7. Eliminate distractions
All writing, fiction included, gets done more efficiently and at a higher quality when you’re completely focused. Yes, this one’s another hard truth — especially for those of us who enjoy working from noisy coffee shops and taking frequent Netflix breaks. But the more you rid yourself of distractions, the better a fiction writer (and writer in general!) you’ll become.
Here are some ideas on how to eliminate distractions and enter deep focus mode:
- Write in a journal, or on a computer with no WiFi
- Set your phone to airplane mode or put it in a different room
- Work in a quiet space, ideally one to which you have free and frequent access, like your local library
- Avoid working alongside friends — unless they really do increase your accountability (but be honest with yourself about this!)
- Use the Pomodoro technique, which Jane Harkness explains in this article
8. Work through crises of confidence
In every writer’s life, there comes a point where they second-guess their entire endeavor, and it will no doubt happen to you too. Maybe you’ve got a major plot hole you only just noticed, a theme you have no idea how to incorporate, or you’ve simply hit a creative wall.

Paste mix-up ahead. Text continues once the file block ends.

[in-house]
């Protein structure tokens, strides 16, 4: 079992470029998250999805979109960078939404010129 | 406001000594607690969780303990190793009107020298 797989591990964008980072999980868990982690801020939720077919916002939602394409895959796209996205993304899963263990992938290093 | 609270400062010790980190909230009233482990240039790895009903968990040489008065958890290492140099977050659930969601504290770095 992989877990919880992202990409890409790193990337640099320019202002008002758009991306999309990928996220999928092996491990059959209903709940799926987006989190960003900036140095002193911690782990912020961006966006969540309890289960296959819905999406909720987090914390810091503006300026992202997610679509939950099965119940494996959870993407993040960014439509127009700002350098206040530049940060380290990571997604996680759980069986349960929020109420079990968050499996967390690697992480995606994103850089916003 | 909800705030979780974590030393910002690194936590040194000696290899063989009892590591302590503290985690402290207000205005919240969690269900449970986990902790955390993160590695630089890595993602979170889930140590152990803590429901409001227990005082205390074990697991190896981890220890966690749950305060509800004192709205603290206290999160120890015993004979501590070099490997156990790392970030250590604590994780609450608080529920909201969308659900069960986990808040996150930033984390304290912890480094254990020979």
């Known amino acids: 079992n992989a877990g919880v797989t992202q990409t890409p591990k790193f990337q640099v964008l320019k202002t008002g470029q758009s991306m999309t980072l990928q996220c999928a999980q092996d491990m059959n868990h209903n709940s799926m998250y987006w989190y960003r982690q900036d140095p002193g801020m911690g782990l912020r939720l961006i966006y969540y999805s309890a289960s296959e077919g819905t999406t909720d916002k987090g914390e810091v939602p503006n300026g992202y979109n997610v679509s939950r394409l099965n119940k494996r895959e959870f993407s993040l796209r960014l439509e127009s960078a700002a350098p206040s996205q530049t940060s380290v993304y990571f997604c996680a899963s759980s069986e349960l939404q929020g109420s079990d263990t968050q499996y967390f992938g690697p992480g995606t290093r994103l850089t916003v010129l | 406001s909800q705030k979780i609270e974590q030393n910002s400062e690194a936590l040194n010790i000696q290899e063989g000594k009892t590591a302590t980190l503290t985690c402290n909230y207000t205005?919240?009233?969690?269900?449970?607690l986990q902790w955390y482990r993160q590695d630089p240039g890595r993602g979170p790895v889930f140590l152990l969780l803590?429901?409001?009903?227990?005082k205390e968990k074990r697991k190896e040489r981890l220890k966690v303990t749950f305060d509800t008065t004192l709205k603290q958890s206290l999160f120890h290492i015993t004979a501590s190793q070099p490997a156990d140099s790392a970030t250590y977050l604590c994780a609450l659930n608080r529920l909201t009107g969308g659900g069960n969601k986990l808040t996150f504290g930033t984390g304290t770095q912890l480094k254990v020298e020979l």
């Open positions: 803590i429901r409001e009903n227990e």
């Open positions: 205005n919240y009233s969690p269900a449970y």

Fear not: every writer who’s ever completed a story has gotten through this. And if they did, so can you.
Remember what we said about recording your structure for later, when you get stuck? Now’s the time to revisit it. Look back through your initial notes and outlines to see if there’s anything there that can help you — you may have forgotten about some critical component of your story! This trip down memory lane can also help you recall the passion and confidence you had at the start of your project, giving you the creative boost you need to power through.
If your early notes don’t help and you’ve spent days agonizing over your project, then it might be time to take a break — just don’t give up. Our previous tip notwithstanding, sometimes you need to spend some time purposefully distracting yourself from your writing. But after you’ve spent a week or so away, get back to it! In all likelihood, your head will have cleared, and you’ll have fresh eyes to solve the problem in front of you.
9. Listen to feedback, but trust your gut